My current situation, as writer and teacher, though it fulfills the vision I had for myself many years ago, as is often the case, also has some unforeseen consequences. Loving what I am doing when I write, I may lose track of time. I may forget to take a break, or to drink enough liquids. It is important for me to keep up my yoga practices, a good exercise program and to maintain a healthy social life.

To be passionate about one’s work feeds the soul. To stay balanced feeds sincerity, which reminds me of one of my favorite raja yoga sutra’s:

           Practice becomes firmly grounded when well attended to…in all earnestness

–THE YOGA SUTRAS OF PATANJILI

Forthcoming Work The Process of Writing

I remember a mountain hike with my daughter. Before we reached that remarkable Santa Barbara County ocean view from over 3,000 feet, we saw the remains of cattle on a summer dry meadow. There was not much left but shrunken hides and separated bones. We stopped. We did not speak. The sight relieved us of words.

Many years later, I am still haunted by that scattered sight of death. I do not know why this vision has emerged now. I don’t remember having written about this particular experience before. There has been a silence around the subject of death that has imprinted itself over the years—a silence that appears to ask me to look more deeply.asianclouds

Once, a fellow middle school student questioned me, “Have you ever seen death?” I answered incorrectly, “No.” It took a long time for me to acknowledge out loud the truth of my early life. Even now, it often seems easier to address my early exposure to death through my writing.

My last public reading, before the Wife of the House book release, was at the behest of my friend, Perie Longo, who was Santa Barbara’s poet laureate at the time. At that reading, I shared a poem that addressed some painful recollections:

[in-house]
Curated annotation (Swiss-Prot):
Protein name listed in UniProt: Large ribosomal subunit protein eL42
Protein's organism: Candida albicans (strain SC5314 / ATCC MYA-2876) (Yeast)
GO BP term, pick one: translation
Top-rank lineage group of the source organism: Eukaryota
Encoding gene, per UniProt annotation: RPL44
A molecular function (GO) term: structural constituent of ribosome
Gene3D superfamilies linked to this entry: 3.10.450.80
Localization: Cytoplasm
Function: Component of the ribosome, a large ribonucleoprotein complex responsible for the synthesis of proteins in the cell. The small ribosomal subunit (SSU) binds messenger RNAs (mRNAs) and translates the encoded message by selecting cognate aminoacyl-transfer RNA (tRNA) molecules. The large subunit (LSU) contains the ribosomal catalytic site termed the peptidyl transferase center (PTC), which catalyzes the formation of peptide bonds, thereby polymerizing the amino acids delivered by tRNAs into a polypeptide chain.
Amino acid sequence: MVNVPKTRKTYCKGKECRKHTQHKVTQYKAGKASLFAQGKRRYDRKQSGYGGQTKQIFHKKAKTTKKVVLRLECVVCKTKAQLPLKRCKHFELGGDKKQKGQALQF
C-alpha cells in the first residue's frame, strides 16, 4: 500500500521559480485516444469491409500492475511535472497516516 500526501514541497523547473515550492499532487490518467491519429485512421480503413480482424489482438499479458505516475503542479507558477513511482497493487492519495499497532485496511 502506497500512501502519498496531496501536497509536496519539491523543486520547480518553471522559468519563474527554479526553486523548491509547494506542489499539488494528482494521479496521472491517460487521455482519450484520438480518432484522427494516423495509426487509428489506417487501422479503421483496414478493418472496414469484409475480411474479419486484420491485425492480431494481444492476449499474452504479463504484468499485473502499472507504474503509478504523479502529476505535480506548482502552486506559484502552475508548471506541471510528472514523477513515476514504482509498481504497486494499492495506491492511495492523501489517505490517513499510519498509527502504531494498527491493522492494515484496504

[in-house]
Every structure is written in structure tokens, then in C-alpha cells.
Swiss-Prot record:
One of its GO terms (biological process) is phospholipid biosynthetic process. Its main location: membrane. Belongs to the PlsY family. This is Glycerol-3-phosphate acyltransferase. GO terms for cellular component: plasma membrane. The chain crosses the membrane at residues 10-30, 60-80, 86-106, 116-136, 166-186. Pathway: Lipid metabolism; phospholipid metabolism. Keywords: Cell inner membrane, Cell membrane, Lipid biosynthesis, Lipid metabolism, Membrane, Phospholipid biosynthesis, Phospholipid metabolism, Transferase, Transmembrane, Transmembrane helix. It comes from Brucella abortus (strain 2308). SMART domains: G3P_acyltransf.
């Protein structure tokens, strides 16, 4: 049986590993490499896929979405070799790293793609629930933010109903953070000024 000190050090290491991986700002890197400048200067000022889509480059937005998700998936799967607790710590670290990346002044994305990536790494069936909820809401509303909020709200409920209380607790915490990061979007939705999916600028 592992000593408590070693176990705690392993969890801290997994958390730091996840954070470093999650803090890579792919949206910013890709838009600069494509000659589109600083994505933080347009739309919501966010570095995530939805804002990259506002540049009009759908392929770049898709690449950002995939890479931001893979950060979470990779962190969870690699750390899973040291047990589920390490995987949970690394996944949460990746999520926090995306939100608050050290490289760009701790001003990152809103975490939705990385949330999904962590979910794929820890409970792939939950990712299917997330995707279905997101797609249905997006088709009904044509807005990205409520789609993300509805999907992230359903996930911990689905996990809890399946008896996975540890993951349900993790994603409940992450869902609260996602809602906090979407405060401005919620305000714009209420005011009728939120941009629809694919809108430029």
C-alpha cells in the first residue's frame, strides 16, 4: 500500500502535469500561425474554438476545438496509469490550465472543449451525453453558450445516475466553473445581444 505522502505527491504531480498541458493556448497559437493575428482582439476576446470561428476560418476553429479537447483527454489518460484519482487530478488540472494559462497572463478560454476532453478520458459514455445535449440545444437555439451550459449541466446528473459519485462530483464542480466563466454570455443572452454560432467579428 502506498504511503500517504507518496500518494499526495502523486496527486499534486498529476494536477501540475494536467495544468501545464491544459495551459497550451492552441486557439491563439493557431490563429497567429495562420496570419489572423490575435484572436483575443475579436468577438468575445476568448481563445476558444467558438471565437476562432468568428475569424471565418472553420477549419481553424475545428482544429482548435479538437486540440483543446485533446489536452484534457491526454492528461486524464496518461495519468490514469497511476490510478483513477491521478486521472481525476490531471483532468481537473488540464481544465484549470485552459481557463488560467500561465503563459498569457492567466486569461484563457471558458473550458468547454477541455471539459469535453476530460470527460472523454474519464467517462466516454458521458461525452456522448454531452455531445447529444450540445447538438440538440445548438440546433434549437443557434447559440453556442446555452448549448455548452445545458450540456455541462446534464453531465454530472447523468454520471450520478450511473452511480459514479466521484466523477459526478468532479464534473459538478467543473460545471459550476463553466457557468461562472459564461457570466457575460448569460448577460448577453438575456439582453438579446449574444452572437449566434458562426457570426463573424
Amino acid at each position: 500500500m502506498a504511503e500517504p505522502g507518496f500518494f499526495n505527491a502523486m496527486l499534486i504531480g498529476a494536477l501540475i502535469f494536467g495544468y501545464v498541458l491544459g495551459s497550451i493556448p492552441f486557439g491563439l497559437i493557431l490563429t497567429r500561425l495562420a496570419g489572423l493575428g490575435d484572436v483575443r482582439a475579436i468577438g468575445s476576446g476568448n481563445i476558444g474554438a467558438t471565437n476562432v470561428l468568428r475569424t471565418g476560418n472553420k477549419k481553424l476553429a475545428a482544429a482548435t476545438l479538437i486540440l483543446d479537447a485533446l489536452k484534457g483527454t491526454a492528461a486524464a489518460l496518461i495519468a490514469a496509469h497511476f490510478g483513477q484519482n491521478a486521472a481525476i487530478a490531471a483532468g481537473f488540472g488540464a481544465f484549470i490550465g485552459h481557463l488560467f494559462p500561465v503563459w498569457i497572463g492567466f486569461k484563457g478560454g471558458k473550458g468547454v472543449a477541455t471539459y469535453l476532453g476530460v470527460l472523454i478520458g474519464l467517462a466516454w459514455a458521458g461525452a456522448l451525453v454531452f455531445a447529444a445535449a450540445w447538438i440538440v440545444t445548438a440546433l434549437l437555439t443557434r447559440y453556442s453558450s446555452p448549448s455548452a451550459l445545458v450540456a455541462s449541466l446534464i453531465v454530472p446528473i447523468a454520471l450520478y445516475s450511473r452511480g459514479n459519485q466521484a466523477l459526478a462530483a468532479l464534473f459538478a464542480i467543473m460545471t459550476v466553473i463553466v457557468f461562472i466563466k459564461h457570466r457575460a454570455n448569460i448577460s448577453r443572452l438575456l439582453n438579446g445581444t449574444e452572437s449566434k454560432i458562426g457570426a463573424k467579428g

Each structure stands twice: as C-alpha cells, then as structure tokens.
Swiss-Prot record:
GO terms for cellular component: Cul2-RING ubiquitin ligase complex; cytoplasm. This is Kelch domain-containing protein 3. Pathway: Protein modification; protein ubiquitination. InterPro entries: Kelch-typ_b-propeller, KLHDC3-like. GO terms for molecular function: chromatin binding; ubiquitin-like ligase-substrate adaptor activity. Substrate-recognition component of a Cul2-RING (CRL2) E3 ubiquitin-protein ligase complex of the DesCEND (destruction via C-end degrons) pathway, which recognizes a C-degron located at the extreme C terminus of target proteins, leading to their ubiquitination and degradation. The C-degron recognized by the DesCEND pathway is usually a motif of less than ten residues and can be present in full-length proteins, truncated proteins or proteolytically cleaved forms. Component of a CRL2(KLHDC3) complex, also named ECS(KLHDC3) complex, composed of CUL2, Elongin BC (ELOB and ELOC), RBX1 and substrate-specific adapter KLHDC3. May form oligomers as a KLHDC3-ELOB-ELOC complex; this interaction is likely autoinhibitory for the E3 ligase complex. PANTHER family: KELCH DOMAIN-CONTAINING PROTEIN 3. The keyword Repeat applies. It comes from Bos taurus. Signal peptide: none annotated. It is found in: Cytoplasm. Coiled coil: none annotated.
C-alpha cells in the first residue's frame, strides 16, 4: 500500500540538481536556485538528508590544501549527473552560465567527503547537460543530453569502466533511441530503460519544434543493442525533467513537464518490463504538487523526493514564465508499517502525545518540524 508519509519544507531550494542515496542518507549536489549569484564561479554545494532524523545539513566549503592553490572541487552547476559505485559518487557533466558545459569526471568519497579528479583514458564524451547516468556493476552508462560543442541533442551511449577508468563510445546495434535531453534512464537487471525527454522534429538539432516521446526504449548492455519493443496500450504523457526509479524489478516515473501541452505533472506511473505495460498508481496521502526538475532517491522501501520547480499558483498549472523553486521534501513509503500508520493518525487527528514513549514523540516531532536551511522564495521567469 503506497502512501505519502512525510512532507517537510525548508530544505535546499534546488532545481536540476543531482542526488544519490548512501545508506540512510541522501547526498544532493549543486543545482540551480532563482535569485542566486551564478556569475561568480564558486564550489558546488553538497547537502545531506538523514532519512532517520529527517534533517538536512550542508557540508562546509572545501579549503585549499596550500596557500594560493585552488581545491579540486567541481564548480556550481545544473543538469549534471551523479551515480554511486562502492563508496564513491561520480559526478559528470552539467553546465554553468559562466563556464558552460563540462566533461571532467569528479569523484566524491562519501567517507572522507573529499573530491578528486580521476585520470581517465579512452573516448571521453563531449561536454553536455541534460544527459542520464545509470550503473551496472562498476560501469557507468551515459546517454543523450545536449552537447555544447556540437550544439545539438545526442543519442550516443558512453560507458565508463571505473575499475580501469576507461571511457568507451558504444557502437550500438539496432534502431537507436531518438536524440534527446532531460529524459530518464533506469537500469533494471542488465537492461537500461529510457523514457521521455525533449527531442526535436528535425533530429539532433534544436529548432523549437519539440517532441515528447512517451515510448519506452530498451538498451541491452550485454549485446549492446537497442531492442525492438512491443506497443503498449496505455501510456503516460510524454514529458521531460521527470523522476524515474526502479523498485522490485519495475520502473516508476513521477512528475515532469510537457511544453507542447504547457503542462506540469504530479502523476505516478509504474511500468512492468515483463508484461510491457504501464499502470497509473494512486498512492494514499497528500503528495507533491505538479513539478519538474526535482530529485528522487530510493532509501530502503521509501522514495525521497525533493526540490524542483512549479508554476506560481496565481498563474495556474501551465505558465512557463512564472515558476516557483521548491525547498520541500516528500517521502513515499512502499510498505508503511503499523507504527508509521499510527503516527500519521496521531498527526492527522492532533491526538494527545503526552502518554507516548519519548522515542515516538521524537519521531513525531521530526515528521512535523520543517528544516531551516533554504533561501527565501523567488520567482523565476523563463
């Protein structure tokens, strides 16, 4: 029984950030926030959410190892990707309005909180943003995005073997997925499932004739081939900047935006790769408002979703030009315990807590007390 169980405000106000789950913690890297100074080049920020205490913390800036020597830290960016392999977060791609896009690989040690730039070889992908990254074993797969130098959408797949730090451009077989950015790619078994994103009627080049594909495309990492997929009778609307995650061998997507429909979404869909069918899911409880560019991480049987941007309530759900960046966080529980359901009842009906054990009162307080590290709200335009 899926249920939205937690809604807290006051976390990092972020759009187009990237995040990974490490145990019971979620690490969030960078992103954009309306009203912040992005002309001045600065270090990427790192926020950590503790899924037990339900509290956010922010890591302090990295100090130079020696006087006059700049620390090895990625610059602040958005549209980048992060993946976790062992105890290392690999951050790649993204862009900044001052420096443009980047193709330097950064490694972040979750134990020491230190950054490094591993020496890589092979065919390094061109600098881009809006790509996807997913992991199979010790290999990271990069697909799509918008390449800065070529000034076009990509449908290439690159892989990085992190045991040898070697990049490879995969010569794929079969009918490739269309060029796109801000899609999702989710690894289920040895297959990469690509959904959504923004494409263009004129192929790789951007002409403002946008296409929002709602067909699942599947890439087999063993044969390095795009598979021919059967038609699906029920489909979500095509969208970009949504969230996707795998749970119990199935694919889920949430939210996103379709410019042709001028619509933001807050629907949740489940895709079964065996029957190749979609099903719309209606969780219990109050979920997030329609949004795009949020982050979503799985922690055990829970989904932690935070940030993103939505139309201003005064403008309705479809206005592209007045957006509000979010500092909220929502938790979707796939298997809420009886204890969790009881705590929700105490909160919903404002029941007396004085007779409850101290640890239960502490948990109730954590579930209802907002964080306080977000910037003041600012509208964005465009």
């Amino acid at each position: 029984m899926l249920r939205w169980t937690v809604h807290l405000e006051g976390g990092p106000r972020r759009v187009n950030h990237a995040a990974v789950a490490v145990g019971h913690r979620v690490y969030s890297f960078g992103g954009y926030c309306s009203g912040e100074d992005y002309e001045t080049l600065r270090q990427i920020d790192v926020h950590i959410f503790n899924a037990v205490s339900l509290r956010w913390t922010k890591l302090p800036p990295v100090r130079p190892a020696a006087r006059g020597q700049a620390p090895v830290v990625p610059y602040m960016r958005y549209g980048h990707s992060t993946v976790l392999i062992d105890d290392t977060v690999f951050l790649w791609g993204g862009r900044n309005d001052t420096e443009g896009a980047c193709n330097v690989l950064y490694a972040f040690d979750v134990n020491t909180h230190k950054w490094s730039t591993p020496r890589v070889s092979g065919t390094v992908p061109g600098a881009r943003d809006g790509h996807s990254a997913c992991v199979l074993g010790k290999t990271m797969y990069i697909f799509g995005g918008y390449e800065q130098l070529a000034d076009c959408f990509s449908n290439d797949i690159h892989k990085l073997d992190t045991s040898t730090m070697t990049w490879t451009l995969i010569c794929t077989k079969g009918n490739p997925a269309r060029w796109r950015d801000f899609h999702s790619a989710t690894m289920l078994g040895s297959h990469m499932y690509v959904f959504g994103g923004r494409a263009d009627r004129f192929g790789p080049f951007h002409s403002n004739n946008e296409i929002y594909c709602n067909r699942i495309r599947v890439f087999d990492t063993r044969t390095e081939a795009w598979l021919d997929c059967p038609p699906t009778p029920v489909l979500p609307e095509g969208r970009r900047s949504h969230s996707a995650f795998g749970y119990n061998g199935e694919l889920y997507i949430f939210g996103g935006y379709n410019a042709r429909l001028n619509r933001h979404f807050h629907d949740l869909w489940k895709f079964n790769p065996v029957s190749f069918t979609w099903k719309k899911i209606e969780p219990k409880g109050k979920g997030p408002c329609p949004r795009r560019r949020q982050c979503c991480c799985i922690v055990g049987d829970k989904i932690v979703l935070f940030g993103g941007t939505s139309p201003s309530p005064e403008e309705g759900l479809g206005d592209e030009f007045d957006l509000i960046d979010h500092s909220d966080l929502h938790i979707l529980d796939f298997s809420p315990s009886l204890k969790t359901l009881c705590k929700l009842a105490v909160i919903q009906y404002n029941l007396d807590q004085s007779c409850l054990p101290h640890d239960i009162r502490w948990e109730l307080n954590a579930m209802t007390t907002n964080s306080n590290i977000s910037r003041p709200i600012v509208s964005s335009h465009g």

The Quality of Light

Exploding bombs saved my grandfather
from the Auschwitz train; the town hid him,
and we who had been marked to follow the fate
of rejected religion fell like blessings in the snow—
my first memory, cold at my back
and the sharp glint of a bayonet.

Inside one of those other camps
filled with ghosts of humanity
and alcoholic Russian guards
who came to hate their lives
as much as they hated us,

my second memory was light—
outside the screams, shots and beatings
and that stench of death and dying–
sun through a damaged roof
spread inside me like a healing balm.

The “Quality of Light,” speaks of a subject that is explored in my forthcoming poetry collection called Frozen Souls. Such poems depict an intense and difficult history in order to invoke transformation, which seems to me to be a natural part of the process of birth, death and dying.

Wife of the House, on the other hand, is a collection about the process of learning how to connect the details of one’s every day life to a sense of presence and mindfulness in order to experience an expansion of consciousness. “Truth is One; Paths are Many,” was one of my guru’s favorite mottos, which brought home to me the value of tolerance gained through the exposure to different life experiences, cultures, belief systems, etc., a tolerance that can ultimately help us to be more whole as human beings.

Gudrun

A Poem Forthcoming Work

The earliest poems in Wife of the House were written 30 years ago when I was a young wife, IMG_2327stay-at-home mother and stepmother. The poems helped me work through being, at times, overwhelmed and frustrated in the process of trying to balance personal and spiritual needs with the needs of my family. Even though a number of the poems have been individually published previously, when Raincloud Press asked to bring the book out, I hesitated and thought, why go back?

Editing the book created an emotional impact that was surprisingly strong. I am now a raja yoga, meditation and hatha yoga instructor, and my current lifestyle does not easily mingle with some of the raw struggles depicted in Wife of the House. For example, when faced with the fierceness of a poem such as “An Unwanted Visitor” (especially when the unwanted visitor, in this case, was anger), my current self was at first somewhat shocked, even embarrassed.

I have been reminded, once again, in preparing Wife of the House for publication, that my quest flowerfor love, peace, harmony, is a continuing journey. I remind myself not to be complacent. Wisdom practice asks me to be willing to face all aspects of my humanity, so that it seems foolish to be ashamed of who I am or have been, because every experience is potential fodder for growth.

 Gudrun

Forthcoming Work